It’s not just, er, what you have to say; how you, um, say it matters too. While it’s painful to read written language containing “er”, “um” and “uh” (collectively known as filled pauses), their use in spoken communication is commonplace and subconsciously undermines the messages received by listeners. If you’ve never considered this before, you’ll now notice it everywhere, from radio presenters to work colleagues, and you’ll almost certainly be using “ers”, “ums” and “uhs” in your own speech. If you can stop yourself from doing this, your communication skills – critical for any good User Experience designer – will be elevated considerably.
If you’ve worked with developers, you’ll be familiar with the concept of ‘Test Driven Development’. The basic principle is that the functional requirements of a given task or feature are used to create specific tests that the code will need to pass. The tests are written before the code, which helps developers know exactly what’s required of them and what level of quality is acceptable.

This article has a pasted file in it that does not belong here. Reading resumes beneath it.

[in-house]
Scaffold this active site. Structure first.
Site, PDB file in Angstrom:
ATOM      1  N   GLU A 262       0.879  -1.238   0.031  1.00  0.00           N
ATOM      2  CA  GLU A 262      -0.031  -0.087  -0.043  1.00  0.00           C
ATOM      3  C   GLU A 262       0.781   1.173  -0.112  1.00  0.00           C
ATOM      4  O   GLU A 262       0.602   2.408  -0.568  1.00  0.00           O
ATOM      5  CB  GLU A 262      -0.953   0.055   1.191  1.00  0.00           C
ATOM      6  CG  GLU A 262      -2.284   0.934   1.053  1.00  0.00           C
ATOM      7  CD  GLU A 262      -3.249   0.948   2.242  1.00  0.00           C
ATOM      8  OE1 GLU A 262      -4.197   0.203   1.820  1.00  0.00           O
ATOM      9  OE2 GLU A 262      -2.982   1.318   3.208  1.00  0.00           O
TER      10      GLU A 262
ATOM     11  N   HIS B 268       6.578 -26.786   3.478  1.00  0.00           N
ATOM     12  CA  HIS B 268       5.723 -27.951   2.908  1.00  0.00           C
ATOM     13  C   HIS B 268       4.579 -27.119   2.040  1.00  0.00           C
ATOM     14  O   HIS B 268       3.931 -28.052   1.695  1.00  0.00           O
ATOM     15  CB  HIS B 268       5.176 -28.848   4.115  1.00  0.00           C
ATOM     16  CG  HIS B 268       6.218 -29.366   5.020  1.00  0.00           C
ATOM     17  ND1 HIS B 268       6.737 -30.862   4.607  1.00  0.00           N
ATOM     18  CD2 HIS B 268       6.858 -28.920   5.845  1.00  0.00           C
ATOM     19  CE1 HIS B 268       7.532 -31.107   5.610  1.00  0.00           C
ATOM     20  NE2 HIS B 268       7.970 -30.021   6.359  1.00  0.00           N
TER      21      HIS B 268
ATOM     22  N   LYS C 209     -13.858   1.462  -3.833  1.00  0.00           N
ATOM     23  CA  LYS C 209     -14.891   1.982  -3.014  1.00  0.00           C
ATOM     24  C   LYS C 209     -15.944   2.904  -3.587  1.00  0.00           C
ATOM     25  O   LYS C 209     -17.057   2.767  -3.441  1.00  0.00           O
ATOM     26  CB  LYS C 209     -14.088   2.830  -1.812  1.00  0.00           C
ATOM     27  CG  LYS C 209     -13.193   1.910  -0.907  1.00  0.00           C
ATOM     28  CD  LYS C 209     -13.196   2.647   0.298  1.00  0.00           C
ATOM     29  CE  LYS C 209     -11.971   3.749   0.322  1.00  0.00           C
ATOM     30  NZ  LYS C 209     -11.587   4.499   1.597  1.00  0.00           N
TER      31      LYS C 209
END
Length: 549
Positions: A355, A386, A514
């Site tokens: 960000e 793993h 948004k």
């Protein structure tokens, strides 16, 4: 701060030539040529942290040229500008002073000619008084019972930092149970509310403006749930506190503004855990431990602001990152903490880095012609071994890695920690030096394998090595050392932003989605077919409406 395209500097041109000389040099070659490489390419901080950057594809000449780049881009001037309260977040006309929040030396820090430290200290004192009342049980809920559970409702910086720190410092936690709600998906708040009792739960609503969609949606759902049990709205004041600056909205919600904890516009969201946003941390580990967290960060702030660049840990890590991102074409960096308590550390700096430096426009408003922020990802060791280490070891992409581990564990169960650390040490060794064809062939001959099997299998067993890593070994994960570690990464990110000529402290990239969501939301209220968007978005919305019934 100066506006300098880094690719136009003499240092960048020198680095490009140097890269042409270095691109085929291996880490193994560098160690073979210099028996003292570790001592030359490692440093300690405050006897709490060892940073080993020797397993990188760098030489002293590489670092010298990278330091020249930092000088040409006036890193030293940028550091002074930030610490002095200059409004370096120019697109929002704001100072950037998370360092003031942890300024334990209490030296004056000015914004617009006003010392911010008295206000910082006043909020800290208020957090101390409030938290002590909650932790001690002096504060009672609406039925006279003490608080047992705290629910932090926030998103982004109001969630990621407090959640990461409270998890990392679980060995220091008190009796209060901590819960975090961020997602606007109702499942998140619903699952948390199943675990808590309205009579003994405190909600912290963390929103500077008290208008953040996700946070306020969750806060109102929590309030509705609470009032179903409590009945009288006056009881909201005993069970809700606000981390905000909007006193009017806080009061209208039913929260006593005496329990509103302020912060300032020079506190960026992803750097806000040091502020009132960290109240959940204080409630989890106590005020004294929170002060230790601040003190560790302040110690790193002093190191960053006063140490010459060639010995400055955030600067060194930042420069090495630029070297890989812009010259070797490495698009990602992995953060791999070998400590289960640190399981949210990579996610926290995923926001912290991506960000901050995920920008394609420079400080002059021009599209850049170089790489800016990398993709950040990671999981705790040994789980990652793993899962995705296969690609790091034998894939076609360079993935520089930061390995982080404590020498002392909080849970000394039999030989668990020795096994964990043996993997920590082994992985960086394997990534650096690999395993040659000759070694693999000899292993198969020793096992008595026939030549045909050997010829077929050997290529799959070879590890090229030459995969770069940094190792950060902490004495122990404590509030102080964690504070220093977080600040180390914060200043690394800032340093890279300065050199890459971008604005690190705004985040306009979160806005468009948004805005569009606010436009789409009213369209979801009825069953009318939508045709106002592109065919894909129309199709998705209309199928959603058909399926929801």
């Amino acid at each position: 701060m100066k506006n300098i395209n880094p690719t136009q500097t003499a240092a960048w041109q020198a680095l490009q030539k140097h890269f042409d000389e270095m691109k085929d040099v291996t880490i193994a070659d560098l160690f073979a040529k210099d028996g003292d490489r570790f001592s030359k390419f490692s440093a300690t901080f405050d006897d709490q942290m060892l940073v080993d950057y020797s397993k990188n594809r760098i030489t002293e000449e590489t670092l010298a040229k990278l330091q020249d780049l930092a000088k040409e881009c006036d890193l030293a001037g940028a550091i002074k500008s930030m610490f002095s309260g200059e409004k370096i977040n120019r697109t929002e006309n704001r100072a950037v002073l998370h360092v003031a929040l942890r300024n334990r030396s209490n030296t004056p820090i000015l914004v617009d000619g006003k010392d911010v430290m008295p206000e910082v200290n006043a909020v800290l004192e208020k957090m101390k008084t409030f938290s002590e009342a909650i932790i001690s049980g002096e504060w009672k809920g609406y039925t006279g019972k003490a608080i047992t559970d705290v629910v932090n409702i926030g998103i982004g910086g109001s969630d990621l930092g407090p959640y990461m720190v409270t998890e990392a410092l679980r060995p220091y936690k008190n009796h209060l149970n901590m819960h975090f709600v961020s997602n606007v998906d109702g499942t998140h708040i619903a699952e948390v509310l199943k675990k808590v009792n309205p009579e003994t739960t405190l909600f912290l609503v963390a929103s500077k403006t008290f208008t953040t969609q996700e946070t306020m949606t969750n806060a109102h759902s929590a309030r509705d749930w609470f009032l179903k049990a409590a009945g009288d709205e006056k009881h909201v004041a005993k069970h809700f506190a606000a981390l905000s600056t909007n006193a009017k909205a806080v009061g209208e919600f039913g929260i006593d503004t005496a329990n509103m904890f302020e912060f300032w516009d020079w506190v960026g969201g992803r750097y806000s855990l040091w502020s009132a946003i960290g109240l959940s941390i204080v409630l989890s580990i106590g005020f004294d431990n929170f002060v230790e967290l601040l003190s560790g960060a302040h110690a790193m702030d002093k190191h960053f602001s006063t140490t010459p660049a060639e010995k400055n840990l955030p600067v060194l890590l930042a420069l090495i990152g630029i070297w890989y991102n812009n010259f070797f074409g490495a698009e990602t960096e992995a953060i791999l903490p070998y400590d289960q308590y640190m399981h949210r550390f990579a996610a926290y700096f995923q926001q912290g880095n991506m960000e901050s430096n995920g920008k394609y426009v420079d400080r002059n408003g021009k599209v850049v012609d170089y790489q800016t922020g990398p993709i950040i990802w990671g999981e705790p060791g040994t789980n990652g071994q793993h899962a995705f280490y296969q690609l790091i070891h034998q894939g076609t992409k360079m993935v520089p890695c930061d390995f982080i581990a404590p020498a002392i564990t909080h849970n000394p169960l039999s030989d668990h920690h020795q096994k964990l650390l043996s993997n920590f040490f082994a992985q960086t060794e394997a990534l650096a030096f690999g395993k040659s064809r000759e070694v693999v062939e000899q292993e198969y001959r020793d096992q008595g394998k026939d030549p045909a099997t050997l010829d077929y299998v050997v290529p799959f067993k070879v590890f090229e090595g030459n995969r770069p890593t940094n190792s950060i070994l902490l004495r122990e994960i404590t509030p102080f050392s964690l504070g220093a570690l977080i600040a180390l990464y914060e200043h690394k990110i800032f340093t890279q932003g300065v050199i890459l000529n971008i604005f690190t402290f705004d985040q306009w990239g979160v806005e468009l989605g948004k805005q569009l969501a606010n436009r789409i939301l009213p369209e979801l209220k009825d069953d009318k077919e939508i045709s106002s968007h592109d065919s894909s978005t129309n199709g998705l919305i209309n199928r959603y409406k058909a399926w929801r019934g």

When designing a system, starting with testing in mind is a powerful way to improve usability and the overall user experience.
If you have a well-developed wireframe, prototype or existing product, you can use usability testing to gather valuable data on the system’s user experience quality as well as identify any specific usability failings. Whether the tests are moderated or unmoderated, when it comes to writing task questions for the tests, there are rules that should be followed to ensure effective testing and reliable data.